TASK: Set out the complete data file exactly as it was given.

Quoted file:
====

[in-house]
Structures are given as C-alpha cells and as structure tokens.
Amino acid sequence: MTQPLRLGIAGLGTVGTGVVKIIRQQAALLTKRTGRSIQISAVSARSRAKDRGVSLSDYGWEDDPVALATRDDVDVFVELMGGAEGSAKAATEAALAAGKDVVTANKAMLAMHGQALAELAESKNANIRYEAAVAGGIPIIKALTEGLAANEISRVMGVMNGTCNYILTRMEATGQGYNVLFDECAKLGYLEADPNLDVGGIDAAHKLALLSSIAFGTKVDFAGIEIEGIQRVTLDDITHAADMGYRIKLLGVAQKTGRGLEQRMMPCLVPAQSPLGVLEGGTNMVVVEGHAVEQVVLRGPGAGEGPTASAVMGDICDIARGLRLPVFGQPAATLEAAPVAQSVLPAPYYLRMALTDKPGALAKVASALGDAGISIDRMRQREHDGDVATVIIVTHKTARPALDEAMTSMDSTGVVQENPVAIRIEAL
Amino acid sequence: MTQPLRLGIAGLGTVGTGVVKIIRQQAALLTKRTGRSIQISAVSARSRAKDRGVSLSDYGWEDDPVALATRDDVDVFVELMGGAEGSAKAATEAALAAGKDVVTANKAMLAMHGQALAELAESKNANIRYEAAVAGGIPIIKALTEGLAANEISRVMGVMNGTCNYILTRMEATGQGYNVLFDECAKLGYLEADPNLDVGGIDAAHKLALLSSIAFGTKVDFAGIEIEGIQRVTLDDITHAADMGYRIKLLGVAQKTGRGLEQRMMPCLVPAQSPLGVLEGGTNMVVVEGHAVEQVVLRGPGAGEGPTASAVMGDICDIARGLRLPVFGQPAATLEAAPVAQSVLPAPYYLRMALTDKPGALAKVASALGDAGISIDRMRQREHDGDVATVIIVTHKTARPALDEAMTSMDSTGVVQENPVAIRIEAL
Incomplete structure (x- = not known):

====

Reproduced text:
[in-house]
Structures are given as C-alpha cells and as structure tokens.
Amino acid sequence: MTQPLRLGIAGLGTVGTGVVKIIRQQAALLTKRTGRSIQISAVSARSRAKDRGVSLSDYGWEDDPVALATRDDVDVFVELMGGAEGSAKAATEAALAAGKDVVTANKAMLAMHGQALAELAESKNANIRYEAAVAGGIPIIKALTEGLAANEISRVMGVMNGTCNYILTRMEATGQGYNVLFDECAKLGYLEADPNLDVGGIDAAHKLALLSSIAFGTKVDFAGIEIEGIQRVTLDDITHAADMGYRIKLLGVAQKTGRGLEQRMMPCLVPAQSPLGVLEGGTNMVVVEGHAVEQVVLRGPGAGEGPTASAVMGDICDIARGLRLPVFGQPAATLEAAPVAQSVLPAPYYLRMALTDKPGALAKVASALGDAGISIDRMRQREHDGDVATVIIVTHKTARPALDEAMTSMDSTGVVQENPVAIRIEAL
Amino acid sequence: MTQPLRLGIAGLGTVGTGVVKIIRQQAALLTKRTGRSIQISAVSARSRAKDRGVSLSDYGWEDDPVALATRDDVDVFVELMGGAEGSAKAATEAALAAGKDVVTANKAMLAMHGQALAELAESKNANIRYEAAVAGGIPIIKALTEGLAANEISRVMGVMNGTCNYILTRMEATGQGYNVLFDECAKLGYLEADPNLDVGGIDAAHKLALLSSIAFGTKVDFAGIEIEGIQRVTLDDITHAADMGYRIKLLGVAQKTGRGLEQRMMPCLVPAQSPLGVLEGGTNMVVVEGHAVEQVVLRGPGAGEGPTASAVMGDICDIARGLRLPVFGQPAATLEAAPVAQSVLPAPYYLRMALTDKPGALAKVASALGDAGISIDRMRQREHDGDVATVIIVTHKTARPALDEAMTSMDSTGVVQENPVAIRIEAL
Incomplete structure (x- = not known):